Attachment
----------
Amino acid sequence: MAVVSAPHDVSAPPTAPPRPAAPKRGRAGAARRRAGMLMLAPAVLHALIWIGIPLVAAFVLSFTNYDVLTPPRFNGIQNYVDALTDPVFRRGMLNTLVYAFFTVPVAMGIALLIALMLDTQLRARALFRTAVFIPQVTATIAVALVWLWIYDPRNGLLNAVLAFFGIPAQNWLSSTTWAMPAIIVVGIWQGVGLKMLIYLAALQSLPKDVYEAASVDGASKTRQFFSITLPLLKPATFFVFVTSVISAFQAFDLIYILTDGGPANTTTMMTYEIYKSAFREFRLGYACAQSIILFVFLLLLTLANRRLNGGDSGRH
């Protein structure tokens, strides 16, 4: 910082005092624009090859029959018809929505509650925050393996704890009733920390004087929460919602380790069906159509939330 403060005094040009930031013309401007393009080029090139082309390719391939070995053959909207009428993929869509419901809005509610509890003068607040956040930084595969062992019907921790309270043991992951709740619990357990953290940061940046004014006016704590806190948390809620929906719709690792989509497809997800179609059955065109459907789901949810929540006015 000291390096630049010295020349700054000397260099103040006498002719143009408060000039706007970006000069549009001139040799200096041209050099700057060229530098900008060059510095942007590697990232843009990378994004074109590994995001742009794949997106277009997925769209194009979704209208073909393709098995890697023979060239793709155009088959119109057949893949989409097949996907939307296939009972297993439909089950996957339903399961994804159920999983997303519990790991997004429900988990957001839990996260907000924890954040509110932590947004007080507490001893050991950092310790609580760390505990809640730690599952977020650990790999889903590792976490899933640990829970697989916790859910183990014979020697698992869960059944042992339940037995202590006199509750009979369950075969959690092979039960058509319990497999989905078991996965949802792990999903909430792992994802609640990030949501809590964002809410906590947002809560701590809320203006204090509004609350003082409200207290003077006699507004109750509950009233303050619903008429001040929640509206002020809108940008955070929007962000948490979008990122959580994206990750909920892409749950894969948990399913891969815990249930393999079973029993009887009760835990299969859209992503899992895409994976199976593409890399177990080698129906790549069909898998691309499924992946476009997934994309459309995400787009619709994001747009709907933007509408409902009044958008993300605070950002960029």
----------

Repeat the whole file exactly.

Amino acid sequence: MAVVSAPHDVSAPPTAPPRPAAPKRGRAGAARRRAGMLMLAPAVLHALIWIGIPLVAAFVLSFTNYDVLTPPRFNGIQNYVDALTDPVFRRGMLNTLVYAFFTVPVAMGIALLIALMLDTQLRARALFRTAVFIPQVTATIAVALVWLWIYDPRNGLLNAVLAFFGIPAQNWLSSTTWAMPAIIVVGIWQGVGLKMLIYLAALQSLPKDVYEAASVDGASKTRQFFSITLPLLKPATFFVFVTSVISAFQAFDLIYILTDGGPANTTTMMTYEIYKSAFREFRLGYACAQSIILFVFLLLLTLANRRLNGGDSGRH
């Protein structure tokens, strides 16, 4: 910082005092624009090859029959018809929505509650925050393996704890009733920390004087929460919602380790069906159509939330 403060005094040009930031013309401007393009080029090139082309390719391939070995053959909207009428993929869509419901809005509610509890003068607040956040930084595969062992019907921790309270043991992951709740619990357990953290940061940046004014006016704590806190948390809620929906719709690792989509497809997800179609059955065109459907789901949810929540006015 000291390096630049010295020349700054000397260099103040006498002719143009408060000039706007970006000069549009001139040799200096041209050099700057060229530098900008060059510095942007590697990232843009990378994004074109590994995001742009794949997106277009997925769209194009979704209208073909393709098995890697023979060239793709155009088959119109057949893949989409097949996907939307296939009972297993439909089950996957339903399961994804159920999983997303519990790991997004429900988990957001839990996260907000924890954040509110932590947004007080507490001893050991950092310790609580760390505990809640730690599952977020650990790999889903590792976490899933640990829970697989916790859910183990014979020697698992869960059944042992339940037995202590006199509750009979369950075969959690092979039960058509319990497999989905078991996965949802792990999903909430792992994802609640990030949501809590964002809410906590947002809560701590809320203006204090509004609350003082409200207290003077006699507004109750509950009233303050619903008429001040929640509206002020809108940008955070929007962000948490979008990122959580994206990750909920892409749950894969948990399913891969815990249930393999079973029993009887009760835990299969859209992503899992895409994976199976593409890399177990080698129906790549069909898998691309499924992946476009997934994309459309995400787009619709994001747009709907933007509408409902009044958008993300605070950002960029």